In this episode our intrepid band of adventurers (Rosemary, Vikki & I) drove down to my favorite semi-local spot, the Hill Country of Texas. Aside from some amazing BBQ in Georgetown (thanks for that recommendation, Jamie!), the trip down was uneventful. Well, except for that part where Lee the GPS guy directed us onto a road that didn’t exist, then got snippy when we didn’t take it and led us across a random bridge going the wrong way in the middle of nowhere at 11 pm. But that hardly counts.
Saturday we began our day at Bella Vista Ranch outside Wimberley, TX, home of First Texas Olive Oil Company. The Hill Country soil and climate are much like the Mediterranean, hence the abundance of wineries in the area. Olives and wine grapes make good neighbors, and at Bella Vista they sell both.
In one of the best deals of the weekend, we got a 2-hour tour that included a brief history of western civilization, the story of olive orchards in Texas, a stroll through the olive trees, an oil tasting, a vinegar tasting, and a wine tasting. All for only $10.
They don’t call it Bella Vista for nothing–the view is lovely. I could just imagine a rather special dinner party at a white cloth-covered table set among the olive trees. I don’t particularly care for olives themselves…no actually, that’s not true. I can’t stand olives; I actually spit one out on a Greenwich Village sidewalk after the foodie tour guide persuaded me to try it. I knew better. Olive oil, on the other hand, is quite nice. And my personal prejudice didn’t stop me from admiring the olives growing on the trees.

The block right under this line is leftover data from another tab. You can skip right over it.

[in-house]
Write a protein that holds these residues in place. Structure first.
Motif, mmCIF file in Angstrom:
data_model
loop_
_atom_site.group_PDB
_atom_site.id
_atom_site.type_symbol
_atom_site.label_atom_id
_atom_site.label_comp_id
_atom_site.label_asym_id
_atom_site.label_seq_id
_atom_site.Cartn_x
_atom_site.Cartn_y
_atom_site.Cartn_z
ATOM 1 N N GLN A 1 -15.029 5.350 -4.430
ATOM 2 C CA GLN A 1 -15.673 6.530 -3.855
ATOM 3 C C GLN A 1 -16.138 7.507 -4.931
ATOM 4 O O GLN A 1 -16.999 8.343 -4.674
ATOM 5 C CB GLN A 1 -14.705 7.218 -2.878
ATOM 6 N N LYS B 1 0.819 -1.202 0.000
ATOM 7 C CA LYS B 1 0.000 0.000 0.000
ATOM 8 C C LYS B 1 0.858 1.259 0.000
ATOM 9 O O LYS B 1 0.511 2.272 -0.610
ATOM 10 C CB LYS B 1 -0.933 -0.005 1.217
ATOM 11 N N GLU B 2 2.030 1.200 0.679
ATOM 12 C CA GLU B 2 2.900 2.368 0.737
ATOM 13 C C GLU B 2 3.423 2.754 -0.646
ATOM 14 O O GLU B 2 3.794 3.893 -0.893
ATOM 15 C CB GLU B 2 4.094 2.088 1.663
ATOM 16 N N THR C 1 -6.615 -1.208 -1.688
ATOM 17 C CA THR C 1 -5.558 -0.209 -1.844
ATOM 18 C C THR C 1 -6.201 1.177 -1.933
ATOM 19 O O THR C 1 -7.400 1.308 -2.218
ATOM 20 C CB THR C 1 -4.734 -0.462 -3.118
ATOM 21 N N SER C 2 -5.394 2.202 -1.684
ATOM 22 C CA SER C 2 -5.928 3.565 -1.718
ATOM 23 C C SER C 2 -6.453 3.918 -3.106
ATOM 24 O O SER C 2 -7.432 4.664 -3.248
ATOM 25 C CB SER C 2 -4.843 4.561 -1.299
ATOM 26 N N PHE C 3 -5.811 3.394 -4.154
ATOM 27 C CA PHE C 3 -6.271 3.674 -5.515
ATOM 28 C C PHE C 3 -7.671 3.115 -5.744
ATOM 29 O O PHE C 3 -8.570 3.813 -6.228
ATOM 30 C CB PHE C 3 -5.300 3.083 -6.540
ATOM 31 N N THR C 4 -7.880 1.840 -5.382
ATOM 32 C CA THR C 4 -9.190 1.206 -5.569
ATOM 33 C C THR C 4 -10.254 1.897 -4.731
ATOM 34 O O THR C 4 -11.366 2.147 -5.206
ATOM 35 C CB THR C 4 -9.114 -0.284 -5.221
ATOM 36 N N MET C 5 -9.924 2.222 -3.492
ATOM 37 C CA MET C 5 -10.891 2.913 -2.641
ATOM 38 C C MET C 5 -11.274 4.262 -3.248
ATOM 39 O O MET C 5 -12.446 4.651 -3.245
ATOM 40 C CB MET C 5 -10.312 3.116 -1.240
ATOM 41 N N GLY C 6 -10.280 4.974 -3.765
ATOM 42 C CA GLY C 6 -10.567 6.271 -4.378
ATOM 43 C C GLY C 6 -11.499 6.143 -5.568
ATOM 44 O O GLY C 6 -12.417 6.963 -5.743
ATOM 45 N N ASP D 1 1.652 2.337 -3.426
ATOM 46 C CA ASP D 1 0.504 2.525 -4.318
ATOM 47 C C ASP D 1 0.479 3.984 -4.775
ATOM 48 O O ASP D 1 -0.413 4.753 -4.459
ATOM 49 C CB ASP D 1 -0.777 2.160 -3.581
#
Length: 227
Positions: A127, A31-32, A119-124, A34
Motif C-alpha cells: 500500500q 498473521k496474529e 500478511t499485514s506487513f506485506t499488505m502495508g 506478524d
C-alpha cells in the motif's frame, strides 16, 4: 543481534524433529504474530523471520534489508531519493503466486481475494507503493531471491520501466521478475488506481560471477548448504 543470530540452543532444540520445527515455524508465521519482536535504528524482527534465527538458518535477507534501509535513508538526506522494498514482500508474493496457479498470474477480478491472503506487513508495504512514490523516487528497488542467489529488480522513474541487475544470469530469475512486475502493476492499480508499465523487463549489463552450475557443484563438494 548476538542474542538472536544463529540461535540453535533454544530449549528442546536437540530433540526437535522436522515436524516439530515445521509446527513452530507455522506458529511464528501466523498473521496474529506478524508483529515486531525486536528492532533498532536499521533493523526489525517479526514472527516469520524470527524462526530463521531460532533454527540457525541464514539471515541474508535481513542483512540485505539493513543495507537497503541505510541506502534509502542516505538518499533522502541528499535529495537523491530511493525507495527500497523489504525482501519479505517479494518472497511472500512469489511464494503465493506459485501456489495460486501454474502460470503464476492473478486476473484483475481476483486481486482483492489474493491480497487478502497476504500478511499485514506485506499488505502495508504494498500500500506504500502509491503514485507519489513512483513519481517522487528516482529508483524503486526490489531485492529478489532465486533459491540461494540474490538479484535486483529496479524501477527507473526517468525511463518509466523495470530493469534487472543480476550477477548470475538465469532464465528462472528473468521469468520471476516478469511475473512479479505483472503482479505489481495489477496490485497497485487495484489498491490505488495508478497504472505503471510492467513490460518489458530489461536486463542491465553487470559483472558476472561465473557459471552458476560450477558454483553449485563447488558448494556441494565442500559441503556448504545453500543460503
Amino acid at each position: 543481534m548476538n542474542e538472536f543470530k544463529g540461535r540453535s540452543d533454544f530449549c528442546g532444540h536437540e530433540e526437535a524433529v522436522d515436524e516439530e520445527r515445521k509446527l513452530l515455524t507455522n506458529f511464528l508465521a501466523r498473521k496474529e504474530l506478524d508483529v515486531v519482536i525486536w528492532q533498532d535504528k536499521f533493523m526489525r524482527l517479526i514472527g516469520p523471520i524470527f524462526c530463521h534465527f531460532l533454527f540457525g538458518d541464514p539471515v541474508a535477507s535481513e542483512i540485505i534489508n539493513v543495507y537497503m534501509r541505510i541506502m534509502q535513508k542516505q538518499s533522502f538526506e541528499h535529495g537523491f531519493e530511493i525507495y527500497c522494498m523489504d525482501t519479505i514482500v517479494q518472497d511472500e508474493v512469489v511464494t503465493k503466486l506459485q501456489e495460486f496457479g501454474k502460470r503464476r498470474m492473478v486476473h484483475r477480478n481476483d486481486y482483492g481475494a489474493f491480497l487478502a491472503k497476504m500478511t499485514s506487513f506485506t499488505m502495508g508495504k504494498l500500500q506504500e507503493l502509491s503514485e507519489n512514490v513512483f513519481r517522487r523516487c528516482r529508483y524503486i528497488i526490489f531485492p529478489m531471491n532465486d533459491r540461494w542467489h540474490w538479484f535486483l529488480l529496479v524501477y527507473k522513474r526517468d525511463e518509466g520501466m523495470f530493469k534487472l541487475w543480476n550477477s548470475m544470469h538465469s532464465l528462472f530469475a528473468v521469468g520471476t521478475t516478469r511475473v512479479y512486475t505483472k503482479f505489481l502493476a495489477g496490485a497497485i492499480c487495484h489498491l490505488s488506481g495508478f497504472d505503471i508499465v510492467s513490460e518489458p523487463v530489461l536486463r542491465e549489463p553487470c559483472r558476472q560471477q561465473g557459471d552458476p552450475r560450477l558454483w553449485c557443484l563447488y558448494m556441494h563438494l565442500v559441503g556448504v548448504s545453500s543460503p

Fortunately, no actual olives were on the tasting menu so no spitting was required. We tried fresh cold-pressed olive oil, infused with various flavors (the blood orange smelled wonderful; I ended up with the garlic flavor). And the vinegar? Fig and vanilla . . . oh yeah. I’ll post a recipe when I figure out what to do with it.
I was a little saddened to learn that the soil in my yard is not olive-friendly. They’re pretty trees and I had brief fantasies of installing one in my landscape–for decorative purposes only, of course.
All that food talk made us hungry, so after a quick stop at the Wimberley Tourist Information Office and brief chat with the Mayor (seriously!) we headed here for lunch:
Their specialty is locally-sourced food that’s fresh and delicious. We had . . .
Porchetta Panini: slow-roasted herbed pork shoulder with rosemary aioli, sauteed peppers and onions and provolone on grilled focaccia. (Much lighter flavor than expected from the description.)
Salad Trio: Roasted Poblano Pimento Cheese, Texas Pecan & Black Currant Tuna Salad, Herbed Chicken Salad. All delicious.
And that was just the morning….